New research finds that prolonged usage of birth control pills may increase a woman’s chance of being diagnosed with glaucoma, a degenerative eye condition that can permanently damage one’s vision and lead to blindness.
Researchers presented a study on Nov. 18 in New Orleans at the117th Annual Meeting of the American Academy of Ophthalmology that showed a correlation between reproductive care and eye health. In their study, researchers looked at a survey conducted by Centers for Disease Control and Prevention that included data of more than 3,400 women aged 40 and older in the United States.
Scientists from University of California, San Francisco, Duke University, and Nanchang University said the data showed that women who had taken any kind of birth control pills for more than three years were more than twice as likely to develop glaucoma in the future than those who had not taken birth control pills.
There is a 1.86 percent risk of developing glaucoma after the age of 40; so doubling that would bring one’s risk up to a bit under 4 percent.
However, this study has been considered preliminary until it is published in a peer-reviewed study.
Though doctors have known that cells in one’s eyes have estrogen receptors, this is the first study that reports a link between glaucoma and oral contraceptives. Many are skeptical.
Michael Bonavente, a medical assistant at St. Mary’s Medical Center, disagrees with this study. Bonavente points out that there has been an increase in blindness and loss of eye vision in general, so the use of birth control may not necessarily have anything to do with developing glaucoma.
Bonavente said, “There was a study conducted more than 40 years ago showing that people have been showing up with cataracts more now than ever; there has been an increase in cataracts in people under the age of 50 nowadays. I work in surgery and you wouldn’t believe how many people come in for eye surgeries.”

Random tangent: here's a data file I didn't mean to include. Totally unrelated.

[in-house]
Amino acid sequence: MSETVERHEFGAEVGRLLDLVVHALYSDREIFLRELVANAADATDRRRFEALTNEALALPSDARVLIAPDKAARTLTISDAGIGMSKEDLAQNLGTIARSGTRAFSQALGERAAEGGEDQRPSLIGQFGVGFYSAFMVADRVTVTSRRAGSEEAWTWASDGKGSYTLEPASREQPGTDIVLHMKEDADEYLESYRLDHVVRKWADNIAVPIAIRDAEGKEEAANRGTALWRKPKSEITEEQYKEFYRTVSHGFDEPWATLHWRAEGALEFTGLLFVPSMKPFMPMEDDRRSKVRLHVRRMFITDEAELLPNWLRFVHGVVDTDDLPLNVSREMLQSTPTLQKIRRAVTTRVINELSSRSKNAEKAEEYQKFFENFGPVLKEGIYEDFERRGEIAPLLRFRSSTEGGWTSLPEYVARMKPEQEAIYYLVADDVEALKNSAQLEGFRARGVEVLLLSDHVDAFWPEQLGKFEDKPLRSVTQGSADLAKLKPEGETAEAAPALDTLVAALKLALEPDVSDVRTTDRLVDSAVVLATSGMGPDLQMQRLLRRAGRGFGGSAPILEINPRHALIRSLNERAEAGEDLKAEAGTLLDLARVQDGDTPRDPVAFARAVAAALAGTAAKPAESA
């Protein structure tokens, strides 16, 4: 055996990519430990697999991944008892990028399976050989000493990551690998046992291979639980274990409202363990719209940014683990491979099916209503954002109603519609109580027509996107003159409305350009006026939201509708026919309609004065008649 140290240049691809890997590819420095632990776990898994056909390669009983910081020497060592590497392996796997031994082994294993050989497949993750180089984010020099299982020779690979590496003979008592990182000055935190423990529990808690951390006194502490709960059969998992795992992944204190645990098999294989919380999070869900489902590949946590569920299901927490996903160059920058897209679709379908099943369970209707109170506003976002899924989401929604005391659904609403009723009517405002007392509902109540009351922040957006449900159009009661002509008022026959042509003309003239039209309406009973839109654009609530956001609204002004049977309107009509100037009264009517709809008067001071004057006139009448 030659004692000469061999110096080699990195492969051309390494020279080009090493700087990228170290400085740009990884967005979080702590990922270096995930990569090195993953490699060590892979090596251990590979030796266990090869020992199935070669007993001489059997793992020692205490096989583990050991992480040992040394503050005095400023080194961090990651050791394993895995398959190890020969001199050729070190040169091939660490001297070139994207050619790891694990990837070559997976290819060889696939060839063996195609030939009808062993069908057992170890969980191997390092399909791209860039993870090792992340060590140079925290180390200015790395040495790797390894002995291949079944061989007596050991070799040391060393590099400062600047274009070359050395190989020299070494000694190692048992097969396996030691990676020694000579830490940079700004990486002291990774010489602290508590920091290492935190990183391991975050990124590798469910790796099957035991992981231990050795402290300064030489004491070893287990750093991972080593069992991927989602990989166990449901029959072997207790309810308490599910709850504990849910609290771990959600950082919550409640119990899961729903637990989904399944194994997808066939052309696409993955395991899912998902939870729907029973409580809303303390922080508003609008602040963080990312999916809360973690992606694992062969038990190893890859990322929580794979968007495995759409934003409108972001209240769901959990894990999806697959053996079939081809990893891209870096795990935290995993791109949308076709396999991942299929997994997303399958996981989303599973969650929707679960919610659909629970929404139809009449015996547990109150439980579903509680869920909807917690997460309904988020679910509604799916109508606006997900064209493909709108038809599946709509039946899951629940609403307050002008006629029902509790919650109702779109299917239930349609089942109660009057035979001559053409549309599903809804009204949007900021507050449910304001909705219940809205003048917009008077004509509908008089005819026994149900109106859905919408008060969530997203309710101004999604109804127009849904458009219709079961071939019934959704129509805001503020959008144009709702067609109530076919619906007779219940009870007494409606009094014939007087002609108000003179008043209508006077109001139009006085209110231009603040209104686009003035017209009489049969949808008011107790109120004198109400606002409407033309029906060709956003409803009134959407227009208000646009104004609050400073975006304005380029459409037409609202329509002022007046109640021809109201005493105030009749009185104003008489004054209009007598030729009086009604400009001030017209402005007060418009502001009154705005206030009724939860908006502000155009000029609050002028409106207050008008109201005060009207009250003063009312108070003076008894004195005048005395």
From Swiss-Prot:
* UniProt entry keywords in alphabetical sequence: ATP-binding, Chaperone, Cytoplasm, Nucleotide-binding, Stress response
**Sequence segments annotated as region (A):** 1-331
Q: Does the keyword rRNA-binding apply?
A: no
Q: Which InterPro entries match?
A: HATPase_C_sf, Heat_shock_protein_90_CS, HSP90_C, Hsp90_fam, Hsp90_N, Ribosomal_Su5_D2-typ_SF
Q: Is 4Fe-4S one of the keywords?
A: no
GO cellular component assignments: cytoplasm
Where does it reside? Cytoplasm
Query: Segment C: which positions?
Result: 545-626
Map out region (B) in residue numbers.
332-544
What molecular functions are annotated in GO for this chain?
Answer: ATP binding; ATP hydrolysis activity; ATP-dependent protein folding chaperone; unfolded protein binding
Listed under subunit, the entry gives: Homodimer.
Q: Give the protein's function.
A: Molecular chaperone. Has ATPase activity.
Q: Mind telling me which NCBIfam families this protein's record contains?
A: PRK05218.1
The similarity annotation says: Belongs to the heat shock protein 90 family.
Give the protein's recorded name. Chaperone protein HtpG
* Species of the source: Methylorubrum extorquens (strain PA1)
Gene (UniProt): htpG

Researchers say that this correlation may exist because birth control pills lower estrogen levels, which have been seen as a risk factor for glaucoma. Studies have shown that a woman’s risk of developing glaucoma increases after menopause, which is when a woman’s estrogen levels decrease.
Researchers also found that a woman’s race, age, eye health history, and age of her first period have an effect on her likelihood of developing glaucoma. The National Eye Institutestates that those most at risk for glaucoma are African Americans over the age of 40, Mexican Americans over the age of 60, people with a family history of glaucoma, and people with a history of eye pressure.
“I believe the main problem is the food people are eating,” said Bonavente. “Food industries use too much chemicals and growth hormones to make everything we eat bigger. So when we ingest these non-organic foods, the chemicals harm us.”
There is currently no cure for glaucoma, but if detected early, treatments can slow its progression. Since a person may not experience any symptoms until they begin to lose their vision, the American Academy of Ophthalmology recommends that everyone over the age of 40 get a full eye screening every few years, and every one to two years for those older than 65.
Though researchers claim this study does not demonstrate a cause and effect of birth control pills and glaucoma, researchers at Duke University plan to continue analyzing this correlation.
Check out our other Social Media sites:
The u-VIB team.
Contact our Team at u-VIB
source: Neon Tommy By Janelle Cabuco